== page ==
The Hillary Nutcracker

Started by Men's Rights Activist, Mar 07, 2008, 02:07 PM

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Is the Hillary Nutcracker misogynistic?

Youbetcha, the Hillary nutcracker is misogynistic.
0 (0%)
No way, the Hillary nutcracker is not misogynistic.
1 (16.7%)
The Hillary Nutcracker is hillarious. You have no sense of humor if you think otherwise.
4 (66.7%)
The Hillary Nutcracker is a Partriarchal plot, showing the need of males to degrade wymen and thereby maintain power and control over them.
1 (16.7%)
I don't need no stinkin' Hillary nutcracker.  I'm a male feminist so I've already had all my nuts cracked by feminists.
0 (0%)

Total Members Voted: 6

Voting closed: Apr 06, 2008, 02:07 PM

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Men's Rights Activist

Mar 07, 2008, 02:07 PM Last Edit: Mar 07, 2008, 02:13 PM by Men's Rights Activist

One advertisement for this product reads, "I feel the squeeze."

I have no words for this and think it might well be taken as a mysoginist statement against Hillary by many people.  What do you think?

After all the male bashing commercials, and products, we are subjected to in the media, are we now seeing a genuine female bashing product, or not?

I should have asked one more question, IS THIS PRODUCT MISANDRIST?

Oh well, what would an opportunity to vote be without some write ins.  Please write in "MISANDRIST" if you feeeeeel  :yikes: Hillary the Nutcracker is Male Bashing and Misandrist.
Life, Liberty, & Pursuit of Happiness are fundamental rights for all (including males), & not contingent on gender feminist approval or denial. Consider my "Independence" from all tyrannical gender feminist ideology "Declared" - Here & Now!

Men's Rights Activist

I suppose one could also see this Hillary Nutcracker as MISOGYNISTIC and MISANDRIST, or NEITHER.

Are there any other possibilities I missed?
Life, Liberty, & Pursuit of Happiness are fundamental rights for all (including males), & not contingent on gender feminist approval or denial. Consider my "Independence" from all tyrannical gender feminist ideology "Declared" - Here & Now!

Cordell Walker

I think a hillary nutcracker is  cruelty to nuts
"how can you kill women and children?"---private joker
"Easy, ya just dont lead em as much" ---Animal Mother


The joke is no laughing matter

from The Sunday Telegraph, June 5th 2005

Like almost everything about the Clintons, it started as a joke and somehow turned real. Hillary Rodham Clinton running for President wasn't a bad gag: she's widely believed to be consumed by ambition; her husband, her chosen vessel these past several decades, was a spent force, politically if not in the DNA fabric-analysis sense; and it was unlikely that she'd become Senator for New York in order to spend the next couple of decades attending to the complaints of whiny losers in upstate welfare backwaters.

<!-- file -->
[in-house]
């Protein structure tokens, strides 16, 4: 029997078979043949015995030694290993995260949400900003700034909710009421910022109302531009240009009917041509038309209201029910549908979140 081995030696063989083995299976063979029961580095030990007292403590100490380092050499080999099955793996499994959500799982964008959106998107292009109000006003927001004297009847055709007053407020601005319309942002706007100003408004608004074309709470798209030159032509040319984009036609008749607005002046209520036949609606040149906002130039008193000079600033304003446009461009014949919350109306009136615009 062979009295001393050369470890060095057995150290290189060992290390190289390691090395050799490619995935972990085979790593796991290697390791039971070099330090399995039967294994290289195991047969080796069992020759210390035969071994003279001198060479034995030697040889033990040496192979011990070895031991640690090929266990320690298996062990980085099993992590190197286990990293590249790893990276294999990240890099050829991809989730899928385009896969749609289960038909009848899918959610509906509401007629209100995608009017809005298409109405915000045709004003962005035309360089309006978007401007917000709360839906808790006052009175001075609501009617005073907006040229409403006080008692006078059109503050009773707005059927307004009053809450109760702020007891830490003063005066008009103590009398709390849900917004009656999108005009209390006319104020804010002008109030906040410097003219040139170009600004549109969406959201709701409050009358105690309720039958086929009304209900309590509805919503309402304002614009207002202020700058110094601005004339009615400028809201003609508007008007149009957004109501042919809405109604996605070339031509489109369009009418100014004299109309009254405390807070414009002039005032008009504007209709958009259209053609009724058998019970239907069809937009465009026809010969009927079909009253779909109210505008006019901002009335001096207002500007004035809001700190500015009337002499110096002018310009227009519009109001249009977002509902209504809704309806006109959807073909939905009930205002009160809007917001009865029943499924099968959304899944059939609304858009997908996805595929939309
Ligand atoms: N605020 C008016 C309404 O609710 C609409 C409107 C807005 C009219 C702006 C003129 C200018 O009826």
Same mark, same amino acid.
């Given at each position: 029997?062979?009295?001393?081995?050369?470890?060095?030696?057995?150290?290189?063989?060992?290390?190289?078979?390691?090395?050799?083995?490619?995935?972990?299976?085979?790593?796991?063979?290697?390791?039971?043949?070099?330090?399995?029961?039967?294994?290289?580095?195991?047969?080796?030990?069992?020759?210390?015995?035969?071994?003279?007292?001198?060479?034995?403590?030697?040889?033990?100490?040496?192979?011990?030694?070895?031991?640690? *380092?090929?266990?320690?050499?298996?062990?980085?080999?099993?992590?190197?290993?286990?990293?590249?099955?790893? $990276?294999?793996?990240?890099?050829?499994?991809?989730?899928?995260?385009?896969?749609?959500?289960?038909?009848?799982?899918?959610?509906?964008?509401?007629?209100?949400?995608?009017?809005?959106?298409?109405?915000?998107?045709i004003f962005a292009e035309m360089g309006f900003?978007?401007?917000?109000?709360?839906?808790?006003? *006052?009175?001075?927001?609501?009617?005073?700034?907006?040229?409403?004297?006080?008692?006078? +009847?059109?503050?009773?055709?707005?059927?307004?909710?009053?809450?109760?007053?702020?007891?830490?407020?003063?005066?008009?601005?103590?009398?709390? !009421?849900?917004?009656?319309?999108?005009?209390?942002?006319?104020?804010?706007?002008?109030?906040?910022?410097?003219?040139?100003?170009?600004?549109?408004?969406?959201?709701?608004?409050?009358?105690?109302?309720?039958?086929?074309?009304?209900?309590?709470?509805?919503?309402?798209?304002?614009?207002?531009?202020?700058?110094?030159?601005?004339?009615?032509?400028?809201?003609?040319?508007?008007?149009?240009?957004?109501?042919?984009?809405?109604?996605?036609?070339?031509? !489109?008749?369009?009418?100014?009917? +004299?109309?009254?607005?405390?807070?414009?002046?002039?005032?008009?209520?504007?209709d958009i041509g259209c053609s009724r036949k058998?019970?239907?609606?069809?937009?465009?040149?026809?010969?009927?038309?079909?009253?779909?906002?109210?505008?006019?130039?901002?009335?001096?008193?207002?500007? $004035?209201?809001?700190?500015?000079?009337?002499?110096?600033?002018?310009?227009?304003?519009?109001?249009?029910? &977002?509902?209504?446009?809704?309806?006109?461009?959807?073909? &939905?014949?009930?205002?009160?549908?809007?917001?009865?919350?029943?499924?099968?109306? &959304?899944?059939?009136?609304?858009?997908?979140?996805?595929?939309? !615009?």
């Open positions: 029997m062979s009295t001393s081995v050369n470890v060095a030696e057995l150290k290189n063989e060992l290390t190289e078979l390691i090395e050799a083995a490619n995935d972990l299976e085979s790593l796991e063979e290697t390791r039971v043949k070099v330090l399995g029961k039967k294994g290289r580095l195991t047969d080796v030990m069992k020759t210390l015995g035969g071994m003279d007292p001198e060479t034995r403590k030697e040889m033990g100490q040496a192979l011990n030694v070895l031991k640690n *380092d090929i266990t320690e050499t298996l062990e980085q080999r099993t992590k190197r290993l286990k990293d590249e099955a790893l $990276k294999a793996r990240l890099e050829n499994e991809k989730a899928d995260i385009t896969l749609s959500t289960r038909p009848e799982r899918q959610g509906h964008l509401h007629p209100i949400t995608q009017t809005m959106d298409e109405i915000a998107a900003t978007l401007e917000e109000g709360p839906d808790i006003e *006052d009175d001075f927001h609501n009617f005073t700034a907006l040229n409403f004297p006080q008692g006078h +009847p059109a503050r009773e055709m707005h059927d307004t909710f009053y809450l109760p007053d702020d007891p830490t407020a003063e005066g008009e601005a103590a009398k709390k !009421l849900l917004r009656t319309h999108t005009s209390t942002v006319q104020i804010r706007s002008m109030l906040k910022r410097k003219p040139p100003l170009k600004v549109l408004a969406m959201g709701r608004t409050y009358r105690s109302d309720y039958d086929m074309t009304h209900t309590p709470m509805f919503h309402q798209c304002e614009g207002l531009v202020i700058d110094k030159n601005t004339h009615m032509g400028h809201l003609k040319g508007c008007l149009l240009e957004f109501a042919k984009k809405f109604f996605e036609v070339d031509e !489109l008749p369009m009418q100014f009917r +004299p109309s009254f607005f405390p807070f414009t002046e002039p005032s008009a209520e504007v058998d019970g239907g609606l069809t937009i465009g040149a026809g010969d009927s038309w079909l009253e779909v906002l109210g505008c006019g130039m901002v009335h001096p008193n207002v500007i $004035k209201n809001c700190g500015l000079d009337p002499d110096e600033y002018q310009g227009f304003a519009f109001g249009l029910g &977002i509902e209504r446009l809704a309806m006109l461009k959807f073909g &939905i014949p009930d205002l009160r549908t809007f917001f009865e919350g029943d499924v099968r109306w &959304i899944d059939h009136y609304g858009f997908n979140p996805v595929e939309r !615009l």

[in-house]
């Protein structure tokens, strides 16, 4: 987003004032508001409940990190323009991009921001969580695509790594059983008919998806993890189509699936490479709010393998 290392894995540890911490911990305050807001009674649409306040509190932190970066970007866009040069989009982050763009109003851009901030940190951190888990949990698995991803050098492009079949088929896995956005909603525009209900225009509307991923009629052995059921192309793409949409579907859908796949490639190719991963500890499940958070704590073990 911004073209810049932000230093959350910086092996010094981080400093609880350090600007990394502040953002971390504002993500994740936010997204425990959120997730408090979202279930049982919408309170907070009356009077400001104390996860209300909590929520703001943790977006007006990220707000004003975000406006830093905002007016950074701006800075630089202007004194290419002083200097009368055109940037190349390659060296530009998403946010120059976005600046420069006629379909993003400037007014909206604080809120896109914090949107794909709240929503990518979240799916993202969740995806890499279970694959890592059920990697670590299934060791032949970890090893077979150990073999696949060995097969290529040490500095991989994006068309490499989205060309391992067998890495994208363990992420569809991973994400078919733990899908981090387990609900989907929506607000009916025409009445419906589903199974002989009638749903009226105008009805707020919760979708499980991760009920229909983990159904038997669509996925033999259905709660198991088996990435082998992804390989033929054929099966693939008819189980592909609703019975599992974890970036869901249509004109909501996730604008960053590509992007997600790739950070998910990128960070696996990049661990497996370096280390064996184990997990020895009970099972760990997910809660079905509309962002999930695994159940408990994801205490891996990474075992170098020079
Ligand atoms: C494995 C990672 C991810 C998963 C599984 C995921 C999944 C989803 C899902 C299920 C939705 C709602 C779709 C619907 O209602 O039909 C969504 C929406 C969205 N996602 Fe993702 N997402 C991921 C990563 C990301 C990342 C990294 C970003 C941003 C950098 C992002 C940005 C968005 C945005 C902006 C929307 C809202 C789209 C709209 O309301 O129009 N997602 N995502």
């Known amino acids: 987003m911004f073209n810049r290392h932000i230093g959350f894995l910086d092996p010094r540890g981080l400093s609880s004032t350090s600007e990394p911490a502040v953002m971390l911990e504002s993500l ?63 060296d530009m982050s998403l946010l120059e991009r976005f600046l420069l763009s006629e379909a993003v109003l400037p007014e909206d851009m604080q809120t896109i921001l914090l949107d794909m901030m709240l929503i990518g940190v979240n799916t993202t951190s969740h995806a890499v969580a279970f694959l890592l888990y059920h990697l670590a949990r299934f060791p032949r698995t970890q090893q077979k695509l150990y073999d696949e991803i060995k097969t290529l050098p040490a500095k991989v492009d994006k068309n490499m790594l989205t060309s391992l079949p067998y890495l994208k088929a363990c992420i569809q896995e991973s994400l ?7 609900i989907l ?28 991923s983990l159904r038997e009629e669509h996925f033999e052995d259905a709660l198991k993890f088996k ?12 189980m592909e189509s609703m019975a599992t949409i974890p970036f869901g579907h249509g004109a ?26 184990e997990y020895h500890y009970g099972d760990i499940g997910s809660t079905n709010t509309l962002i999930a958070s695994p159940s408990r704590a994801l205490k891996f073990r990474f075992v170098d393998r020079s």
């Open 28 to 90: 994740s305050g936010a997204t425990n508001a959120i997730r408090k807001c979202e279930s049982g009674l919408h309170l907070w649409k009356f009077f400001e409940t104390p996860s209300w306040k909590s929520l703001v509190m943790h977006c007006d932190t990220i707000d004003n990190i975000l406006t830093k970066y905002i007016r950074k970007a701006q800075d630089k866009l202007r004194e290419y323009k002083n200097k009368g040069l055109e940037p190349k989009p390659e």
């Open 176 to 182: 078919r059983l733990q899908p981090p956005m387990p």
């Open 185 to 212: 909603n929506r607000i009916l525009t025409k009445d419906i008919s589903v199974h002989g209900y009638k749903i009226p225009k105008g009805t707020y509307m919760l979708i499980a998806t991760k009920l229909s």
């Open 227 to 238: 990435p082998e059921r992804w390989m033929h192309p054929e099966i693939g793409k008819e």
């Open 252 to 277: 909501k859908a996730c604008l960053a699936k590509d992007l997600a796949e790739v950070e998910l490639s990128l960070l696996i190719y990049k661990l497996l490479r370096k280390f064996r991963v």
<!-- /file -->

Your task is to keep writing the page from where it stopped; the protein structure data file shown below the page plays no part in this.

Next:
For many on the right, the faux warnings about a Rodhamite restoration in the White House were a way of prolonging the turbulent passions of the Clinton years in a relatively harmless way - like playing Civil War re-enactments on a Saturday afternoon, it offered the frisson of the great primal conflict with none of the pain. After all, the idea of Hillary becoming President is patently absurd, isn't it?

Yes, it is - as absurd as a woman who's never run for elected office and who polls showed was one of the most passionately loathed on the political scene becoming senator of a state she's never lived in. Just because something's absurd doesn't mean it can't happen.

So here we are trembling on the brink of the early positioning for the 2008 nomination, and suddenly Hillary, if not exactly a shoo-in, is looking like the least worst choice for the Democratic Party. Right now, she's "officially'' focused on getting re-elected to the Senate next year, but any serious threat to that prospect (Rudy Giuliani, say) fades with every month. The real energy's being concentrated on the White House run.

I'd say President Rodham Clinton is a better-than-evens probability, mainly because of the rule promulgated by my own senator, Bob Smith of New Hampshire, after her husband's impeachment trial. "He's won,'' said Senator Smith, a Republican, after dutifully casting his vote to nail Slick Willie's puffy butt. "He always wins. Let's move on.''

The Clintons always win but they never move on. The distinguishing characteristic (as Paula Jones would say) of the Clintons' Democratic Party is that it was swell for the Clintons, disastrous for the Democratic Party: throughout the 1990s, the Democrats lost everything - Congress, state legislatures, governors' mansions, tumbling to their smallest share of elected offices since the 1920s. But somehow Bill and Hill were always the lone exceptions that proved the rule. There is no reason to believe the Clintons' amazing historical immunity to their party's remorseless decay will not continue.